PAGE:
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Tidal Marsh Water Monitoring Data


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Karen Thorne, USGS Western Ecological Research Center , Research Ecologist, 20150501, Tidal Marsh Water Level Data: .


All of these files are Microsoft Excel format files that contain water level data. We deployed 1-4 water level loggers and a single conductivity logger at all sites over the study period (Figure 6; Table 2). Primary water level loggers and conductivity loggers were deployed in major tidal channels connecting the marshes to the estuary. Secondary water level loggers were deployed in the upper reaches of second-order tidal channels to capture high tides and determine inundation patterns. Water level readings were collected every six minutes. We used data from the primary water level logger at each site to develop local hydrographs and inundation rates. Loggers were surveyed by RTK GPS at least once during the period of deployment. We [...]


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1 Mad River Slough 2012to2015 Water Data.xlsx 13.76 MB application/vnd.openxmlformats-officedocument.spreadsheetml.sheet
2 Bolinas 2013to2014 Water Data.xlsx 6.73 MB application/vnd.openxmlformats-officedocument.spreadsheetml.sheet
3 Morro Bay 2013to2015 Water Data.xlsx 2.7 MB application/vnd.openxmlformats-officedocument.spreadsheetml.sheet
4 Pt Mugu 2013to2015 Water Data.xlsx 8.69 MB application/vnd.openxmlformats-officedocument.spreadsheetml.sheet
5 Newport 2012to2015 Water Data.xlsx 7.95 MB application/vnd.openxmlformats-officedocument.spreadsheetml.sheet
6 Tijuana 2011to2014 Water Data.xlsx 20.48 MB application/vnd.openxmlformats-officedocument.spreadsheetml.sheet
Water Monitoring Metadata.docx 34.02 KB application/vnd.openxmlformats-officedocument.wordprocessingml.document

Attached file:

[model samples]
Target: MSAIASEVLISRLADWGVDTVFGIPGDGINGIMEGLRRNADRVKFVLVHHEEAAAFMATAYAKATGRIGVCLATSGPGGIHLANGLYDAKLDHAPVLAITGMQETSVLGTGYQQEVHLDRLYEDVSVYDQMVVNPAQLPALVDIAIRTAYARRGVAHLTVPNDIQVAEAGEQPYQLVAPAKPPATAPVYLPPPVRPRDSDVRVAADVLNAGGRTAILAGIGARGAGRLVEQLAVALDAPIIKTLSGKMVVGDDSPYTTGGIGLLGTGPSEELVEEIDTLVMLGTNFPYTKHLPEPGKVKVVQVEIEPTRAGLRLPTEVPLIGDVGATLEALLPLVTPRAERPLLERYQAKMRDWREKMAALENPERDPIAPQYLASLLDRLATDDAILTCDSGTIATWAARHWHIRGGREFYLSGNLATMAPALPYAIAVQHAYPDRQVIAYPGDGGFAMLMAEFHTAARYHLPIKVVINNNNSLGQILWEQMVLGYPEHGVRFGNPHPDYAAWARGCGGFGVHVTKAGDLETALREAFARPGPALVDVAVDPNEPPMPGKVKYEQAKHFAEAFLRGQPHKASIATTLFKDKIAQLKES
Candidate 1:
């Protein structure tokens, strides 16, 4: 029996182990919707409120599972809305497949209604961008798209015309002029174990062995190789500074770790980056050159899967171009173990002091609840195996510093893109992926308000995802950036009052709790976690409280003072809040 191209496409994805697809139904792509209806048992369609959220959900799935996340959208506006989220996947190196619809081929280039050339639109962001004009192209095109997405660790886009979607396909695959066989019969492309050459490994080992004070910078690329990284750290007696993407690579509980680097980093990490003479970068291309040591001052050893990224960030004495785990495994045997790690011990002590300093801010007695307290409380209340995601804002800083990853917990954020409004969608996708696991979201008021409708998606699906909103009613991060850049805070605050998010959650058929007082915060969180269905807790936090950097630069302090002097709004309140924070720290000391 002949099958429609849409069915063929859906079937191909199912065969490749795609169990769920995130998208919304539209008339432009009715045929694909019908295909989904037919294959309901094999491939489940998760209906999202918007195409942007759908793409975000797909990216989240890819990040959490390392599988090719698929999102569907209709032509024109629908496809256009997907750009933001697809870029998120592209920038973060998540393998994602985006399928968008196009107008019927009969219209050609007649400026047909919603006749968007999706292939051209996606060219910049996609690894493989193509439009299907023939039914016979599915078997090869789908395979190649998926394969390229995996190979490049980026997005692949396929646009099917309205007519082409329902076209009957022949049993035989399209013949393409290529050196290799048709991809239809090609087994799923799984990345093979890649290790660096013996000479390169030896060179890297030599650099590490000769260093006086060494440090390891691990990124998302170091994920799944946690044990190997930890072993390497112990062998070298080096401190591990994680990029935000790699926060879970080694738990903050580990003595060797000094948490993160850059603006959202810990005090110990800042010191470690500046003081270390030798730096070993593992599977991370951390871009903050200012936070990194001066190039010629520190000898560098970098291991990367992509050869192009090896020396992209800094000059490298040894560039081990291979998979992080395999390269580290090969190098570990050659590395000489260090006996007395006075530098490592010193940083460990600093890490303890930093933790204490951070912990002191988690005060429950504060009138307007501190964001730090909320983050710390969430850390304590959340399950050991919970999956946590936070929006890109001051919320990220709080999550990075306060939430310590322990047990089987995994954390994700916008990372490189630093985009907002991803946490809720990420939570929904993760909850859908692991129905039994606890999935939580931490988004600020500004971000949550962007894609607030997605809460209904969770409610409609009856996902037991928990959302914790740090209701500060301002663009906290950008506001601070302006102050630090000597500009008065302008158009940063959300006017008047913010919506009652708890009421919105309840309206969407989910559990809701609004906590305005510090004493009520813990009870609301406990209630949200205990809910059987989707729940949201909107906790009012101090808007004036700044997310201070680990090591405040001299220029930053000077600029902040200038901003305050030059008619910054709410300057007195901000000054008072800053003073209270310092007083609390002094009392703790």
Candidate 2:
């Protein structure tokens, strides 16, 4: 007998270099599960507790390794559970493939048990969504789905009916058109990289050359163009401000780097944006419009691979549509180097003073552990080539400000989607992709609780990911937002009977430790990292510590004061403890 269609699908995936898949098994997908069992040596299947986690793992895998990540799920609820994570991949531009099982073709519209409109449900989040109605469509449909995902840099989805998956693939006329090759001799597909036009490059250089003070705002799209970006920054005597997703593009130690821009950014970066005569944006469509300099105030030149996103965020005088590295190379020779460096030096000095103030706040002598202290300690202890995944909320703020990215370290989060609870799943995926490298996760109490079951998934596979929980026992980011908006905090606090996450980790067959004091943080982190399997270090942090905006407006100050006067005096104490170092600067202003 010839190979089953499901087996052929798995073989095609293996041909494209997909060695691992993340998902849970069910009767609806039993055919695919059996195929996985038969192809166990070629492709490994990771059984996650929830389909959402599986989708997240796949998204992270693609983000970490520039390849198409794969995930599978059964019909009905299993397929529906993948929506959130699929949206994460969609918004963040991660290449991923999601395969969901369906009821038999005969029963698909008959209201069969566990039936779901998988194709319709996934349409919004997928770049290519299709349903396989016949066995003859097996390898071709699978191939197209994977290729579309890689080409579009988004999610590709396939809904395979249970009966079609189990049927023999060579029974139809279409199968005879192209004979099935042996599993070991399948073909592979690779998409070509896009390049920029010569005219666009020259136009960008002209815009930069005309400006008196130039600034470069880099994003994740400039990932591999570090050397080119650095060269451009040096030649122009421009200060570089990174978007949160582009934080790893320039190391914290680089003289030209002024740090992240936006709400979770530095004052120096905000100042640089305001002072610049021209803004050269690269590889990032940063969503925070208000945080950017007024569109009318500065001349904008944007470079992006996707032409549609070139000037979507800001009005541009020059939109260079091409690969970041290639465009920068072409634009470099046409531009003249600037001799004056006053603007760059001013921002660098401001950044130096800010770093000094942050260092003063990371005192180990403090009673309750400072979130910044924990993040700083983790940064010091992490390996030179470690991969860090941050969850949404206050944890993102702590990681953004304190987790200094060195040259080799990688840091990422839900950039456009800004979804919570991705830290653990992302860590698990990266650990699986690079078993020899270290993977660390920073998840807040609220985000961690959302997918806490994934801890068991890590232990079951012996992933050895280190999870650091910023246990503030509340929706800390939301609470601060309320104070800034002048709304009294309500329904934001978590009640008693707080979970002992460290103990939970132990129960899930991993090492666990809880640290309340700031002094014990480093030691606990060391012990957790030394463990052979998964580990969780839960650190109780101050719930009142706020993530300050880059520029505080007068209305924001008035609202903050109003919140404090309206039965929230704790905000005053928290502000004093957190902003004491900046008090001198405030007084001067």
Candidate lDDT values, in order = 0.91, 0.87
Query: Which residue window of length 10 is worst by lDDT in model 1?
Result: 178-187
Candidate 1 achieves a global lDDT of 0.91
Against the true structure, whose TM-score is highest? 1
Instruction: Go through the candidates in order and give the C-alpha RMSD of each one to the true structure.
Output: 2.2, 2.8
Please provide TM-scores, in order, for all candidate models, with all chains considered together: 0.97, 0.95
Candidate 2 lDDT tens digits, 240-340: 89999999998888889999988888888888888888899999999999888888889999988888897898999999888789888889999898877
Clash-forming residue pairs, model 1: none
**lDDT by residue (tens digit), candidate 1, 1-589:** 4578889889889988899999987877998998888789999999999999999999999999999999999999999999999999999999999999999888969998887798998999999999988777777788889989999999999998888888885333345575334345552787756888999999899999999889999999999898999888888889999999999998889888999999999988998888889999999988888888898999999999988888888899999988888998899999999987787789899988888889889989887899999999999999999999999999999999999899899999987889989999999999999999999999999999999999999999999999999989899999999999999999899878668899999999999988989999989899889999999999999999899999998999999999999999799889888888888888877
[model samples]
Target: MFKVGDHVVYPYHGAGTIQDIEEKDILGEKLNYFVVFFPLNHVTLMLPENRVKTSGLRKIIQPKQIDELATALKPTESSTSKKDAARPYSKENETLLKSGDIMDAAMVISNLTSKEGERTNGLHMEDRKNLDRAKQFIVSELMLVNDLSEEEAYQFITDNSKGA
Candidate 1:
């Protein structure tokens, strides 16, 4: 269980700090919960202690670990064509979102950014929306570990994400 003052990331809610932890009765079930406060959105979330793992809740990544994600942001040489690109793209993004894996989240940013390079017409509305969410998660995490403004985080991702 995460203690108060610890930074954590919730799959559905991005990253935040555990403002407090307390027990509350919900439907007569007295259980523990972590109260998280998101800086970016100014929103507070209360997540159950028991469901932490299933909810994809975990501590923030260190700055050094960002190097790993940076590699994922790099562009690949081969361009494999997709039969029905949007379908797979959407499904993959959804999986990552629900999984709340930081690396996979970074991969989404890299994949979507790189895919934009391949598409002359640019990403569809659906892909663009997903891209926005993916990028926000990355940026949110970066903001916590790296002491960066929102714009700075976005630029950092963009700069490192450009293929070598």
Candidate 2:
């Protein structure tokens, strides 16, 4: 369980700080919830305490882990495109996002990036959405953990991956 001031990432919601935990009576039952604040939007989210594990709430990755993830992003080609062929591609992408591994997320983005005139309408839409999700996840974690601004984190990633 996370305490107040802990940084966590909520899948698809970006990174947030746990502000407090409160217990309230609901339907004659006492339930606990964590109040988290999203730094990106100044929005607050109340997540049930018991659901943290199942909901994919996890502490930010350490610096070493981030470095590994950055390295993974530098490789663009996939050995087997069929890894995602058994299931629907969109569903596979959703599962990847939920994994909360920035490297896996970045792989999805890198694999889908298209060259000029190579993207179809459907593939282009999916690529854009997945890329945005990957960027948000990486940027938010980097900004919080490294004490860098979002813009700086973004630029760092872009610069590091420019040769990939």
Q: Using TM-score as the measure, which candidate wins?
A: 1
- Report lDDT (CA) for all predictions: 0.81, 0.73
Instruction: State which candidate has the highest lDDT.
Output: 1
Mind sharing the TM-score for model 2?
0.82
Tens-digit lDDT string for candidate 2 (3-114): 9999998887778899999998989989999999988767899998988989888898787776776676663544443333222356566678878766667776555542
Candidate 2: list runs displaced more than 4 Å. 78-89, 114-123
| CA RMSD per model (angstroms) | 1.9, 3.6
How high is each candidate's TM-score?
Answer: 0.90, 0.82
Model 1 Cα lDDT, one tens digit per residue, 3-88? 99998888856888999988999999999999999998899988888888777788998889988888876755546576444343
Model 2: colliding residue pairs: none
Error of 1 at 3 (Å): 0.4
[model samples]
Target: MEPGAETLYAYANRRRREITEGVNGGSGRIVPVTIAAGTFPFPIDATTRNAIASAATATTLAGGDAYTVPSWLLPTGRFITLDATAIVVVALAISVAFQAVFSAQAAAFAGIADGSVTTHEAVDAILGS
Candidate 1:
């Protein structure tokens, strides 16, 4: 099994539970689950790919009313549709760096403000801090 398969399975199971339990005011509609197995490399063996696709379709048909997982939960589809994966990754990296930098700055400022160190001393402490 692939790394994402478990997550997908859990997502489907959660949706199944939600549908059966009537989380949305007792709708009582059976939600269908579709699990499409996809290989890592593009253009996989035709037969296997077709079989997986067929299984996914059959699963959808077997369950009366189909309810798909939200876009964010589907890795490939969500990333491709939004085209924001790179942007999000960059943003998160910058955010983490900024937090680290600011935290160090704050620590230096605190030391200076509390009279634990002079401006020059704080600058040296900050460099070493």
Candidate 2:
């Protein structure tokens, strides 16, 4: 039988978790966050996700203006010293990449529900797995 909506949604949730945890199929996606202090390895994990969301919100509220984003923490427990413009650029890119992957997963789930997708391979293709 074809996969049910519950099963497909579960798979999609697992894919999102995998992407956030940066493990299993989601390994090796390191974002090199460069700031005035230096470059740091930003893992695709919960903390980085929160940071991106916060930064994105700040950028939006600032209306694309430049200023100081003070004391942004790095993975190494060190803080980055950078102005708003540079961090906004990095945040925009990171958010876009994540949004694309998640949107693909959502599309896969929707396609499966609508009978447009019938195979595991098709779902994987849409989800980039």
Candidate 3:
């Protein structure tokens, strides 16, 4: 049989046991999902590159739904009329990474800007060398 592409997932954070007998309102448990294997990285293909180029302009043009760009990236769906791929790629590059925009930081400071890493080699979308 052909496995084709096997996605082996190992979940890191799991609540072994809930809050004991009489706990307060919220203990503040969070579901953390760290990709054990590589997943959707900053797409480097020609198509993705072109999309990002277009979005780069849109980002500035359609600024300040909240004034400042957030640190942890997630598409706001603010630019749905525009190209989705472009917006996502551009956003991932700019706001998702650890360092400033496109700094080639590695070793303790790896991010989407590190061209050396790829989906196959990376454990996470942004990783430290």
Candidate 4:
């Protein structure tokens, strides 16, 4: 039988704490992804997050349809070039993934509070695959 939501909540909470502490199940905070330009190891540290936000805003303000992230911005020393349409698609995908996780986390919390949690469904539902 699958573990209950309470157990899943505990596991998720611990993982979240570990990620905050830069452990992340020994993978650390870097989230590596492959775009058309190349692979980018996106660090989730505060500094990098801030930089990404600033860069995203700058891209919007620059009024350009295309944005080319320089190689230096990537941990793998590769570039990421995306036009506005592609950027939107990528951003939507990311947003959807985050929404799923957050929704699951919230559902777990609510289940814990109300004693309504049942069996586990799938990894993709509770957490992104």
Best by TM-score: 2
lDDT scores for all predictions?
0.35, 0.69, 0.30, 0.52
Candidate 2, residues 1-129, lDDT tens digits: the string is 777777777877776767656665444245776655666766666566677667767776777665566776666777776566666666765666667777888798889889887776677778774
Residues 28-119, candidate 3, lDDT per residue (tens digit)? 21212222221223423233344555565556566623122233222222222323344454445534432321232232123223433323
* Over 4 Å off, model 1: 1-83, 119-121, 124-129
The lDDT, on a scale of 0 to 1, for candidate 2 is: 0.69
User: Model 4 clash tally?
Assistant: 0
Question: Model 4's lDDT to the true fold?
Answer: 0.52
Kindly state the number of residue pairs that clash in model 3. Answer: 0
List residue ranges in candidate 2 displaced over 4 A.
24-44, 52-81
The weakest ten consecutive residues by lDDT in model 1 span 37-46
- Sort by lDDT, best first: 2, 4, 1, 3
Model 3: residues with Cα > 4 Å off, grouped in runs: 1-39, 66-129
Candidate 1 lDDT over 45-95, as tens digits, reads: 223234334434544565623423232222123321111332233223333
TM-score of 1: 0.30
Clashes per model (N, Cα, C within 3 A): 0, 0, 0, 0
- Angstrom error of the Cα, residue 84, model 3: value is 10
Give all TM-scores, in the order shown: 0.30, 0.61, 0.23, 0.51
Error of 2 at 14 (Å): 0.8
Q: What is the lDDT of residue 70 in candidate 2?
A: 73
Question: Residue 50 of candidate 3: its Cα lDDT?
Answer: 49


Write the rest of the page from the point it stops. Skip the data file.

At the state level, California has highlighted coastal ecosystems as important areas susceptible to climate change and have prioritized research to assist in adaptation planning for resource management and ecosystem services. The information emerging from our CERCC network will provide local managers and decision makers with the information they need to address endangered and threatened species management, wetland conservation, anadromous fish and migratory bird management and habitat conservation and recovery plans while making informed decisions on habitat resiliency and land acquisition planning that effectively considers the effects of climate change. Our CERCC network is a research model that can be potentially transferred to other coastal regions throughout the US. The overarching goal of our research was to use site-specific data to develop local and regionally-applicable climate change models that inform management of tidal wetlands along the Pacific Northwest coast. Our overarching questions were: (1) how do tidal marsh site characteristics vary across estuaries, and (2) does tidal marsh susceptibility to SLR vary along a latitudinal gradient and between estuaries? We addressed these questions with three specific objectives: (1) measure topographical and ecological characteristics (e.g., elevation, tidal range, vegetation composition) for tidal marsh and intertidal mudflats, (2) model SLR vulnerability of these habitats, and (3) examine spatial variability of these projected changes along the latitudinal gradient of the California coast.

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